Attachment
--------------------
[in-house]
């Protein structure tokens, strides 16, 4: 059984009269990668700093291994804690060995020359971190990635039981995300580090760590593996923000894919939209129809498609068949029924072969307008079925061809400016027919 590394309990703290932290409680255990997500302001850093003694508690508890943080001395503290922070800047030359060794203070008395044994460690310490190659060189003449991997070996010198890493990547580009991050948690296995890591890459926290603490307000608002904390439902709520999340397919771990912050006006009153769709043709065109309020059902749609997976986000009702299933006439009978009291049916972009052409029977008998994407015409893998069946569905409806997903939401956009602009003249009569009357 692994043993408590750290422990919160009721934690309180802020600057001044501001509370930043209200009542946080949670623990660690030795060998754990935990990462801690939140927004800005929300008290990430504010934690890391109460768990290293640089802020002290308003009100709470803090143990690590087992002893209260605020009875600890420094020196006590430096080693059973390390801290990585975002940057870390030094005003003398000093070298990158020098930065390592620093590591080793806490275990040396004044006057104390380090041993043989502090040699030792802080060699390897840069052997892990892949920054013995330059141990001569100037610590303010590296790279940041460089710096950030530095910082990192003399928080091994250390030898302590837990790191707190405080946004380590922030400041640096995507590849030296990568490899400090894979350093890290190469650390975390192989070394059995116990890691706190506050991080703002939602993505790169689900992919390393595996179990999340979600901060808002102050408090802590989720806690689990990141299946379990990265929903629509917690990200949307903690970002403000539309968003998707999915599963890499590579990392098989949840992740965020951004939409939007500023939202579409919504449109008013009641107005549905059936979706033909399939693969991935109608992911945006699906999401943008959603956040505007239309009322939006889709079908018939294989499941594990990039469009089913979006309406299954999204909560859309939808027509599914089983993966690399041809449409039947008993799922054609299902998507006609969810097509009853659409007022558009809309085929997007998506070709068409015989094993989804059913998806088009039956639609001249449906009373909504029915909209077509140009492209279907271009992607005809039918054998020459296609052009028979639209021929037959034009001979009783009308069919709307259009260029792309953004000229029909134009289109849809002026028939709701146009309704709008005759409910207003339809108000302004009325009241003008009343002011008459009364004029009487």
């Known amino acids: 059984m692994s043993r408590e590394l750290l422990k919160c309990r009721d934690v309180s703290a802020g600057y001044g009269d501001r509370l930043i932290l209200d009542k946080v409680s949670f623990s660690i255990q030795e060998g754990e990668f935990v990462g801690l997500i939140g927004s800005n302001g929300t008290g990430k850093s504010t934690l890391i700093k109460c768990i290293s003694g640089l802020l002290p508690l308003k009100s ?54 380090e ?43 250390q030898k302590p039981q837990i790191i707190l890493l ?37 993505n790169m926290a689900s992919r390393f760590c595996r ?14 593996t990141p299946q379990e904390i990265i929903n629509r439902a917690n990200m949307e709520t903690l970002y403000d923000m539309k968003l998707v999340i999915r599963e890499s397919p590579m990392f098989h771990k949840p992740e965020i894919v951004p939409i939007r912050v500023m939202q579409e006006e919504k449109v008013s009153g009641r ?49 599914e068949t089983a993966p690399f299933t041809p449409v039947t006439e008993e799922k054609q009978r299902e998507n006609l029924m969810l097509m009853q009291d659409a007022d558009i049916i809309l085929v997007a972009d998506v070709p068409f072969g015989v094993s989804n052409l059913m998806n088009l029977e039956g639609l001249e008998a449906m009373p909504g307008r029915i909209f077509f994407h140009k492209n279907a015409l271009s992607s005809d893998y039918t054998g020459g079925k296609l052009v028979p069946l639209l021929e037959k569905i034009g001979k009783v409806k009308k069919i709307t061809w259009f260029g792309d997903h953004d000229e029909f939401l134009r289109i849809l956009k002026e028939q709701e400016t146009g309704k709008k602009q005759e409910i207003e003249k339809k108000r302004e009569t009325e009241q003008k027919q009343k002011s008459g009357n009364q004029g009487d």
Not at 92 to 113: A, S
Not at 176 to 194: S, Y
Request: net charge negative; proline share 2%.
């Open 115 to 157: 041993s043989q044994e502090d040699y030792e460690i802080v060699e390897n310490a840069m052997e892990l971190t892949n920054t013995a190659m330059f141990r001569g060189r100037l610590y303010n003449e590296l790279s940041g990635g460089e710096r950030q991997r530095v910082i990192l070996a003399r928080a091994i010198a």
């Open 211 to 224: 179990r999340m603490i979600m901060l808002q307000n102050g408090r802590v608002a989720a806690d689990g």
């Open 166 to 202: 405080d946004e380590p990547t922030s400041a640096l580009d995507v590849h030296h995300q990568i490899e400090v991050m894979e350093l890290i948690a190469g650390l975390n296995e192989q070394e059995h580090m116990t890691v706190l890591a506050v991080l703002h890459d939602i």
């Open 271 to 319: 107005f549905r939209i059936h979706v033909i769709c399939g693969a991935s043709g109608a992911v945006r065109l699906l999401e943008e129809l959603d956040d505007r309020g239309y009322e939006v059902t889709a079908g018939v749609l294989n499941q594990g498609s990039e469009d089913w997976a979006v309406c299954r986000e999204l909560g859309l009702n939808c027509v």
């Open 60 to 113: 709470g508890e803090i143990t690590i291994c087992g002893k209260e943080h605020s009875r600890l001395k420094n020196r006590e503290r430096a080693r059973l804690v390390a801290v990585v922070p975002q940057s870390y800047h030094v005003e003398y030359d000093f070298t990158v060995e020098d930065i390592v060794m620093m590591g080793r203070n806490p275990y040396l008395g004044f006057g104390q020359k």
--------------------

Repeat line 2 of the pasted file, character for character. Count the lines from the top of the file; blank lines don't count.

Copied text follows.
């Protein structure tokens, strides 16, 4: 059984009269990668700093291994804690060995020359971190990635039981995300580090760590593996923000894919939209129809498609068949029924072969307008079925061809400016027919 590394309990703290932290409680255990997500302001850093003694508690508890943080001395503290922070800047030359060794203070008395044994460690310490190659060189003449991997070996010198890493990547580009991050948690296995890591890459926290603490307000608002904390439902709520999340397919771990912050006006009153769709043709065109309020059902749609997976986000009702299933006439009978009291049916972009052409029977008998994407015409893998069946569905409806997903939401956009602009003249009569009357 692994043993408590750290422990919160009721934690309180802020600057001044501001509370930043209200009542946080949670623990660690030795060998754990935990990462801690939140927004800005929300008290990430504010934690890391109460768990290293640089802020002290308003009100709470803090143990690590087992002893209260605020009875600890420094020196006590430096080693059973390390801290990585975002940057870390030094005003003398000093070298990158020098930065390592620093590591080793806490275990040396004044006057104390380090041993043989502090040699030792802080060699390897840069052997892990892949920054013995330059141990001569100037610590303010590296790279940041460089710096950030530095910082990192003399928080091994250390030898302590837990790191707190405080946004380590922030400041640096995507590849030296990568490899400090894979350093890290190469650390975390192989070394059995116990890691706190506050991080703002939602993505790169689900992919390393595996179990999340979600901060808002102050408090802590989720806690689990990141299946379990990265929903629509917690990200949307903690970002403000539309968003998707999915599963890499590579990392098989949840992740965020951004939409939007500023939202579409919504449109008013009641107005549905059936979706033909399939693969991935109608992911945006699906999401943008959603956040505007239309009322939006889709079908018939294989499941594990990039469009089913979006309406299954999204909560859309939808027509599914089983993966690399041809449409039947008993799922054609299902998507006609969810097509009853659409007022558009809309085929997007998506070709068409015989094993989804059913998806088009039956639609001249449906009373909504029915909209077509140009492209279907271009992607005809039918054998020459296609052009028979639209021929037959034009001979009783009308069919709307259009260029792309953004000229029909134009289109849809002026028939709701146009309704709008005759409910207003339809108000302004009325009241003008009343002011008459009364004029009487």